It was another chance meeting that led the duo to their first release: Jones met electronic producer Zhu and, through him, the people behind his label Mind of a Genius, and in October 2015, THEY. signed a record deal with the label, which then released their three-song debut EP Nu Religion, as well as the Zhu x Skrillex collaboration "Working For It," on which THEY. lent vocals. (The song would end up as a bonus track on Zhu's 2016 Generationwhy LP.)
After THEY. completed a stint opening up for Bryson Tiller on the latter's North American Trapsoul Tour, Mind of a Genius signed a deal with Warner Bros. Records last March, and Jones and Love began releasing the singles that would wind up on their debut album, Nu Religion: HYENA, which dropped Feb. 24. The duo see their first release as an opportunity to offer an alternative to the status quo. “One of the biggest aspirations that we have for this album was to really make a different voice for black music," Jones explains. "Something that’s still as aggressive as this trap stuff that’s going out, but still progresses in the way that it’s made and is still thoughtful and musical."
Along the way, Jones and Love have picked up a few notable co-signs in the music industry, with Timbaland in particular serving as a mentor of sorts for the duo; they say the veteran producer has become an “uncle” figure to them, offering advice on patience and diligence that has stuck with them.
With the album out and upcoming performances at Panorama Festival in New York City, Made in America in Philadelphia and Life Is Beautiful in Las Vegas on the docket this year, Billboard spoke with Dante Jones and Drew Love about their career beginnings, Nu Religion: HYENA, their desire to change black music, Timbaland’s advice and more.
What made you two pursue music as a collective, rather than as solo artists?
Dante Jones: Drew and I crossed paths in Hollywood about three years ago. At first we just encountered each other at different studios, but we never really got a chance to connect. My best friend that I grew up with in Denver actually brought him by one day and encouraged us to hang out. After that, whenever we sat down, we really vibed. I think I’m just naturally kind of a weird guy; I do a lot of voices, I do skits on my own, so it’s kind of off-putting to most people. He was game and just jumped right in. It made me feel like I could be myself with this guy.
So we started just making music together. I think we knew that we both had a [different] perspective. Before we knew it, we had three or four songs together and we saw that the vibe and the chemistry were there. We said, “Let’s make a run as a group. We could really do some damage together.” [Drew's] just a really talented guy vocally and writing-wise. It was a perfect match for me production-wise.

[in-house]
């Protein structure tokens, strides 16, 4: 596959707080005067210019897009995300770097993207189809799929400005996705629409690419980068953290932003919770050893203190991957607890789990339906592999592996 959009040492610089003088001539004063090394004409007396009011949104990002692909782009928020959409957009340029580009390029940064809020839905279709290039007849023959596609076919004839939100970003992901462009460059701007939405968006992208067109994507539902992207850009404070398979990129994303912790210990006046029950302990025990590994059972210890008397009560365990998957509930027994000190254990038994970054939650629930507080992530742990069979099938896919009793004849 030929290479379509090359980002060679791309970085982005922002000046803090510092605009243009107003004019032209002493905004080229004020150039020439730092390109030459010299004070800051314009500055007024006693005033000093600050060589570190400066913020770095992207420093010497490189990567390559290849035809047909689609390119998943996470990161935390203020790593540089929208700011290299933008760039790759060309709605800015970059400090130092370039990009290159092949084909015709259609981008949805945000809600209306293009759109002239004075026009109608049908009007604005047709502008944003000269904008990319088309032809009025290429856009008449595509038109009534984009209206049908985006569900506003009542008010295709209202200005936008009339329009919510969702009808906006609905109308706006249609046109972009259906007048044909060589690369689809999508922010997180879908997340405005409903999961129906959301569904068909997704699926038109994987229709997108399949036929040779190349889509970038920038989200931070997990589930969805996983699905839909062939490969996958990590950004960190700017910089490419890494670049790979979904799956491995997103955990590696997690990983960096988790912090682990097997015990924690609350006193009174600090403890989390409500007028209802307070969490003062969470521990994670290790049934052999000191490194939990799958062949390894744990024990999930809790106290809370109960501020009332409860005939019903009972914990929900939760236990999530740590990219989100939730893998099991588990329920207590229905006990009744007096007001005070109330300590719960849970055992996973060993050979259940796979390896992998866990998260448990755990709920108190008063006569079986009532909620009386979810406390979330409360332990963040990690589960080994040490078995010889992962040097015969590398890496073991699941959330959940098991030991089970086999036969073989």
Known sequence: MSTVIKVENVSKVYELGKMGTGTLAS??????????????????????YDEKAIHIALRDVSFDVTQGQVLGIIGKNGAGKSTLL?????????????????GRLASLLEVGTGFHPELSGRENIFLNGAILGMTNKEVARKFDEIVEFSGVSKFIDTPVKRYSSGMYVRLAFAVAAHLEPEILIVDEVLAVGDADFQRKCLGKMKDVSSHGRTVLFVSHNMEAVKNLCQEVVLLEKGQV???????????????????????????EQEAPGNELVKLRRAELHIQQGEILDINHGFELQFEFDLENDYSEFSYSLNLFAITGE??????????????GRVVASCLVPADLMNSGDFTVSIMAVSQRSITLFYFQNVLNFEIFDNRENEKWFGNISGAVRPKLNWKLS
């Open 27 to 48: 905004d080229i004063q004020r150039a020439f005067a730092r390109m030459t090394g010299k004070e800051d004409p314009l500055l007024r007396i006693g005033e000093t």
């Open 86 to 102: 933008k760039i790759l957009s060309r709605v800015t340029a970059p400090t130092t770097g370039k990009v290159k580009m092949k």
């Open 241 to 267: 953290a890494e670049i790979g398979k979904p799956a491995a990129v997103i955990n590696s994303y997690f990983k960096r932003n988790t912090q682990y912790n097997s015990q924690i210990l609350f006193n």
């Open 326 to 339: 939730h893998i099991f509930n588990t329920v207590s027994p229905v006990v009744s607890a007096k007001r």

Your debut album, Nu Religion: HYENA, came out earlier this year to a lot of praise from fans and the music community. What are your personal standout tracks?
Drew Love: My favorite track on the project has to be “Silence.” It means a lot to me just because of the topic it touches on. I feel like the vibe and the mood of the music is stimulating every time that I listen to it. It came from a real place. Every time I played it before the album came out, it seemed to evoke the same emotion from when we wrote it. To this day, when I listen to the album, it’s still one of my favorites on there.
DJ: For me, it actually comes down to two tracks: “Africa” or “Truth Be Told.” I feel like I’ve struggled to find my place as a producer because I put so much into my production that sometimes it doesn’t leave that much room for a song. But when I met Drew, he was able to tackle some of these ideas. With those two tracks, I felt like I was really doing something that was progressive and really different. On “Africa,” there’s tribal drums mixed with 808s. Then with “Truth Be Told,” it’s like grunge guitars mixed with an arpeggio that I got off of Juno. It sounds like a video game.
One of the biggest aspirations that we have for this album was to really make a different voice for black music; something that’s still as aggressive as this trap stuff that’s going out, but still progresses in the way that it’s made and is still thoughtful and musical. I feel like, on those two tracks, we were really able to achieve that.
If someone comes across your catalog for the first time, what do you hope they take away from it after their first listen?
DL: I think one of the main things we were trying to accomplish when we made the album, and I think we accomplished it, was taking chances. I think that’s what we really want to influence everyone listening to our music to do in all aspects of life: take chances as an individual. There are a lot of people kind of emulating each other. A lot of people are taking the safe route. It feels like a lot of people are just making music for money. It seems like the artistic part of music, and taking your time to craft something that’s really different, is happening less and less in the industry.